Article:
It seems that our national spirit is slowly gaining a great deal of (re)appreciation in the States. Every self respecting cocktailbar in America is dusting off that specially reserved place on the backbar for the Queen Mum of all gins. In fact they want it so much that they are starting to make their own.
It is not surprising that this beautifully rich and malty spirit is getting more and more attention in the US, after all they imported 6 times more genever than gin in the 19th century. Famous barchaeologist David Wondrich tells us that London Dry style gins weren’t distributed in the States before the 1890’s. Which leads us to the safe conclusion that every gin recipe in the glorious 1862 edition of Jerry Thomas’s cocktailbible was made with either Genever or Old Tom Gin. In the 1887 revision of Thomas’s book the gin types are specified with the recipes: 8 call for Old Tom and no less than 12 ask for “Holland Gin” or “Dutch Gin”, which is the very practical American way to pronounce “Genever”.
Why so much Genever, you ask? Well it has been a very (if not the most) popular tipple in Europe for centuries and also, if you remember, ‘Old New York’ was once called ‘New Amsterdam’. No need to explain that the Dutch colonists and sailors of the VOIC (Dutch East India Company) brought with them their precious Genever. And the sweet mother of gins became part of Manhattan’s imbibing culture up untill the 1890’s.
So what we see today is kind of a REdiscovery. And it needn’t not to baffle us, considering contemporary cocktailrenaissance happening globally for the last 15 years. Where cocktailians, bartenders and barchaeologists are passionately dedicated to rediscover anything ancient and old, but definitely booze related. So it is not quite unlogical that after gin they start to glance curiously at Gin’s old progenitor.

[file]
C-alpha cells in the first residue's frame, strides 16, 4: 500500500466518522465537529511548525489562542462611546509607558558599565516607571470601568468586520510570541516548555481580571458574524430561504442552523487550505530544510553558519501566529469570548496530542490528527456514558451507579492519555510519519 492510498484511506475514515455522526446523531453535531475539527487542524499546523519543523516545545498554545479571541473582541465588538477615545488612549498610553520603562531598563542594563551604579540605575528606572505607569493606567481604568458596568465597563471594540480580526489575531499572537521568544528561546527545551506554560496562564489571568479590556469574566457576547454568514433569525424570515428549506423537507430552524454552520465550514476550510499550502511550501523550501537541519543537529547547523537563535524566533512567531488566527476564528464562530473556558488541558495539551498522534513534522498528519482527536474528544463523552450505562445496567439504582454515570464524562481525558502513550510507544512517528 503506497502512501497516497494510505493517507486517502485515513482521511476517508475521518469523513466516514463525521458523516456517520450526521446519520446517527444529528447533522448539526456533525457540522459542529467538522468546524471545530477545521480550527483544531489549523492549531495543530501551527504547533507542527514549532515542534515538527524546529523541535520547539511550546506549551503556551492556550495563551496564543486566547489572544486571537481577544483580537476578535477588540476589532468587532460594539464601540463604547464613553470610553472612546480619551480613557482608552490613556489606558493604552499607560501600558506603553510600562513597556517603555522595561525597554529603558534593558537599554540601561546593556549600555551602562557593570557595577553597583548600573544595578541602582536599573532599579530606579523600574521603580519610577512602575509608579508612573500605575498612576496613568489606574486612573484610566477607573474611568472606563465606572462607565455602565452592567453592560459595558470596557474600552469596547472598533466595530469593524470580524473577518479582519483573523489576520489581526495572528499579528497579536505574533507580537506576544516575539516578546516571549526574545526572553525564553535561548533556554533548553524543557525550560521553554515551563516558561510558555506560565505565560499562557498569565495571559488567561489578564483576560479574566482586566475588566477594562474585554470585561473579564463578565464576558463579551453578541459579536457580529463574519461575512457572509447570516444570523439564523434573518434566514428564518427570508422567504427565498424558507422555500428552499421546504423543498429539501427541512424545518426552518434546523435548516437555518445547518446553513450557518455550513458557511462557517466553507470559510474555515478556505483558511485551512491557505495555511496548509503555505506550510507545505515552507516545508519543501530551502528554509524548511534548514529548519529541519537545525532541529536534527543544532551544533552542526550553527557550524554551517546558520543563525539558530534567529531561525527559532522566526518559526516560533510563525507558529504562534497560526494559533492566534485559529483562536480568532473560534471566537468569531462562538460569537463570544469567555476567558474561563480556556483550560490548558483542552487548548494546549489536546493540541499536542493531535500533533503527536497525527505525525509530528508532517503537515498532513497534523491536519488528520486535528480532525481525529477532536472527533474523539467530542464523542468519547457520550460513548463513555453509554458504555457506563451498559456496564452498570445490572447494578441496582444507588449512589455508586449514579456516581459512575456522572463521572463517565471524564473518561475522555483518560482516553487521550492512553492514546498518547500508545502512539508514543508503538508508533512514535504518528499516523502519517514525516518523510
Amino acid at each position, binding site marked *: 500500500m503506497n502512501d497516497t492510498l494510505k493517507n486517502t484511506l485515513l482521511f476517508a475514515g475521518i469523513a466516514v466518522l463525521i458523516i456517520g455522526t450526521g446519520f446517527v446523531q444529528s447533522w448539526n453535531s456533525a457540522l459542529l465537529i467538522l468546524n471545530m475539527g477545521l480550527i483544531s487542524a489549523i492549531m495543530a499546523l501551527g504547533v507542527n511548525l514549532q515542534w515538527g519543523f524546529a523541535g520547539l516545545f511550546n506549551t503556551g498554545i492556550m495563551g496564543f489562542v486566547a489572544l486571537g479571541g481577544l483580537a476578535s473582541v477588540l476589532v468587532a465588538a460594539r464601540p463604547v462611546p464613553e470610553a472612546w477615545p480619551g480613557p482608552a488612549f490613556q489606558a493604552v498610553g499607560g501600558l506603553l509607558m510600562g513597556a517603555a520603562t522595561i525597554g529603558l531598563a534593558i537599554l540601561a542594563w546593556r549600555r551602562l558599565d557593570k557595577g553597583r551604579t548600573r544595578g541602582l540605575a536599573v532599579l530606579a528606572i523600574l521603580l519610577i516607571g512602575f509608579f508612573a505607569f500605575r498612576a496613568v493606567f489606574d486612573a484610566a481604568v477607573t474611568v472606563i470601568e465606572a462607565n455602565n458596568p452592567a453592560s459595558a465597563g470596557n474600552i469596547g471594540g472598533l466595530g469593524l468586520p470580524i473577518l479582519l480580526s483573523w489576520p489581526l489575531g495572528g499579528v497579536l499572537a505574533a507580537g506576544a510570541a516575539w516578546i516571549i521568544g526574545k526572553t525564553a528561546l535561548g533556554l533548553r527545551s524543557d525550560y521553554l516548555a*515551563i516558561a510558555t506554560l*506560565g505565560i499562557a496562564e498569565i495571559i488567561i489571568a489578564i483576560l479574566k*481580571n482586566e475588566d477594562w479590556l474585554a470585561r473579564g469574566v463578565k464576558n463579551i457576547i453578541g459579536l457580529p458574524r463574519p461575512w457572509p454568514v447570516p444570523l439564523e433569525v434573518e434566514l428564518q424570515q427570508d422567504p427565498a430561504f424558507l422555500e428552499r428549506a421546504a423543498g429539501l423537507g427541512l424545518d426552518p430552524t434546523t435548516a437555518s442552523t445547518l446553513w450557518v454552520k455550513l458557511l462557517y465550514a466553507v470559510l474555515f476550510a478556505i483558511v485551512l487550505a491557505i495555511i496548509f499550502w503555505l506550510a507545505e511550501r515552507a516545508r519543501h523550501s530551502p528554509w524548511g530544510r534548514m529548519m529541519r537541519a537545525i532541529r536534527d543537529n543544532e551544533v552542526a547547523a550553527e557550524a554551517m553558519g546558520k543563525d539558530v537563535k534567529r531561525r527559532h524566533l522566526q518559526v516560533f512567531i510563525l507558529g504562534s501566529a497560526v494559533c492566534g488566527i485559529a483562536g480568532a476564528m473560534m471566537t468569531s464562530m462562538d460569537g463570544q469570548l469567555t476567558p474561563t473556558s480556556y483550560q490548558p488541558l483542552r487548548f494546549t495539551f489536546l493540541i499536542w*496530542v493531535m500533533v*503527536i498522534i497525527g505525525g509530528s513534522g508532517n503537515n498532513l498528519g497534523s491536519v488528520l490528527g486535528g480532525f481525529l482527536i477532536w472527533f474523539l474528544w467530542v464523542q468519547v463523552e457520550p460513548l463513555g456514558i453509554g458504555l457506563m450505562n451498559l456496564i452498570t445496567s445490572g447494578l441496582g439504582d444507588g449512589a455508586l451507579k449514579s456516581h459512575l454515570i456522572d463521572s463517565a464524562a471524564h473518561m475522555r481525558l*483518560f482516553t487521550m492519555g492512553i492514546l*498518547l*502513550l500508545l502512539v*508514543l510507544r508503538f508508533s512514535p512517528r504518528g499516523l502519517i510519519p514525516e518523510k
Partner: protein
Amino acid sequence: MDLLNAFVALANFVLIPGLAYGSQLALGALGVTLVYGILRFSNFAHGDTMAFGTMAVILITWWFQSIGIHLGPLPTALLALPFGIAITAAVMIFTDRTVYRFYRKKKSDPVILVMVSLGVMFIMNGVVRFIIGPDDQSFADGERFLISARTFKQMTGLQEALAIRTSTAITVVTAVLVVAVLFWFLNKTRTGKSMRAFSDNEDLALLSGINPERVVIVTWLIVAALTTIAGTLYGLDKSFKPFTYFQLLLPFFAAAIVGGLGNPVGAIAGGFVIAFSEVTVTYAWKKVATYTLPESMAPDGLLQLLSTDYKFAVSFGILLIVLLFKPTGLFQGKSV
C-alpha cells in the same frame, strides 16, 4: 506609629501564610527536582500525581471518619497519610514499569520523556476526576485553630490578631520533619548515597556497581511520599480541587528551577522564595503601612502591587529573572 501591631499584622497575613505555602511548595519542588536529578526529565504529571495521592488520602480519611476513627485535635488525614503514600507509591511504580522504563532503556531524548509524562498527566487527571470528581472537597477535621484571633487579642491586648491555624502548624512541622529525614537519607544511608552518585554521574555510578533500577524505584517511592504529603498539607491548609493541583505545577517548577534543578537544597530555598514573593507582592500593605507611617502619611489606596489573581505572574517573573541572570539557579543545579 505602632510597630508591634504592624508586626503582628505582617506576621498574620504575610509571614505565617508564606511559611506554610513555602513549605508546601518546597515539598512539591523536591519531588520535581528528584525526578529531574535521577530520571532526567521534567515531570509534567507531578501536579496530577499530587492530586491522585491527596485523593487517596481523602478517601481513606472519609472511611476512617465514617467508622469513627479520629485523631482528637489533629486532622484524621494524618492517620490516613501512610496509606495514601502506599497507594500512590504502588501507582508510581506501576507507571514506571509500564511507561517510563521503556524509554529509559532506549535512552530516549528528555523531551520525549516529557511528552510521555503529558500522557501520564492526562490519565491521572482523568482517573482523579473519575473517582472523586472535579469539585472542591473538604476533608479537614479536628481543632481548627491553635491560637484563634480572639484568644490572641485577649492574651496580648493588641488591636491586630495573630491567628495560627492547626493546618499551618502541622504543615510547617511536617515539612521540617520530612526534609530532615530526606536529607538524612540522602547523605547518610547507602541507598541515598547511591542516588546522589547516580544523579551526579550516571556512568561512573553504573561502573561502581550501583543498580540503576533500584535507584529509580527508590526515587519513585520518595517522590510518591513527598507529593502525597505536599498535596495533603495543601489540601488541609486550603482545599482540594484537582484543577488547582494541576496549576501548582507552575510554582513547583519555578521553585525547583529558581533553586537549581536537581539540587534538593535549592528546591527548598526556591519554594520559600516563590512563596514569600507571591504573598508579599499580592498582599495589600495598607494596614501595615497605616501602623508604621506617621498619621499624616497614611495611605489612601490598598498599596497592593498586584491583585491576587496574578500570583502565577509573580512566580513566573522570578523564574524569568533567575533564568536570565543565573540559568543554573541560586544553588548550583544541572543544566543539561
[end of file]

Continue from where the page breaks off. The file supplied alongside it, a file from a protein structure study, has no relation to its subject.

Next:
And some of them didn’t leave it to curious glances, but gladly jumped into the haystack with the Queen Mum Of All Gins. Loving her so well that they are starting to make their own. A fact which we preceive as a little dash, since we did our damnest best to protect our Genever i.e. with an AOC and lots of laws (in very short: it is forbidden to produce – or at least call it genever – outside of Belgium and The Netherlands). We are starting to doubt the use of an AOC if you can bypass it easily by calling it “Genever Style Gin”, or “Geneva Gin”, but it’s indeed probably cheaper to make your own. Although in The Netherlands and Belgium Genever is cheaper than most gins…
Anyway, here are two of our favourite Genever based cocktails:
The Dirk Martinez
Named after the Humanist philosopher Dirk Martens – personal friend of Erasmus and Thomas Moore – who introduced ‘printing’ in the Low Countries. Also the name of a very fine Genever from my hometown.
- 6cl Dirk Martens Korenwijn Genever
- 3cl Red Vermouth (Carpano Antica Formula)
- 1 or 2 dashes of Orange Bitters
- 1cl Luxardo Maraschino
Stirr over ice and strain into pre-chilled antique champagne coupe, garnish with orange zest.
The Malty Contessa
Basically a Genever Negroni, but instead of it being the famous Count Negroni’s favourite tipple, it became the Malty Contessa.
- 3cl Genever
- 3cl Red Vermouth
- 3cl Campari
Build up over ice in a rock’s glass, garnish with orange or lemon zest.
And we leave you to your booziness with the following:
In our own opinion when you would compare every modern crafted London Dry to this:
Then Genever is more like this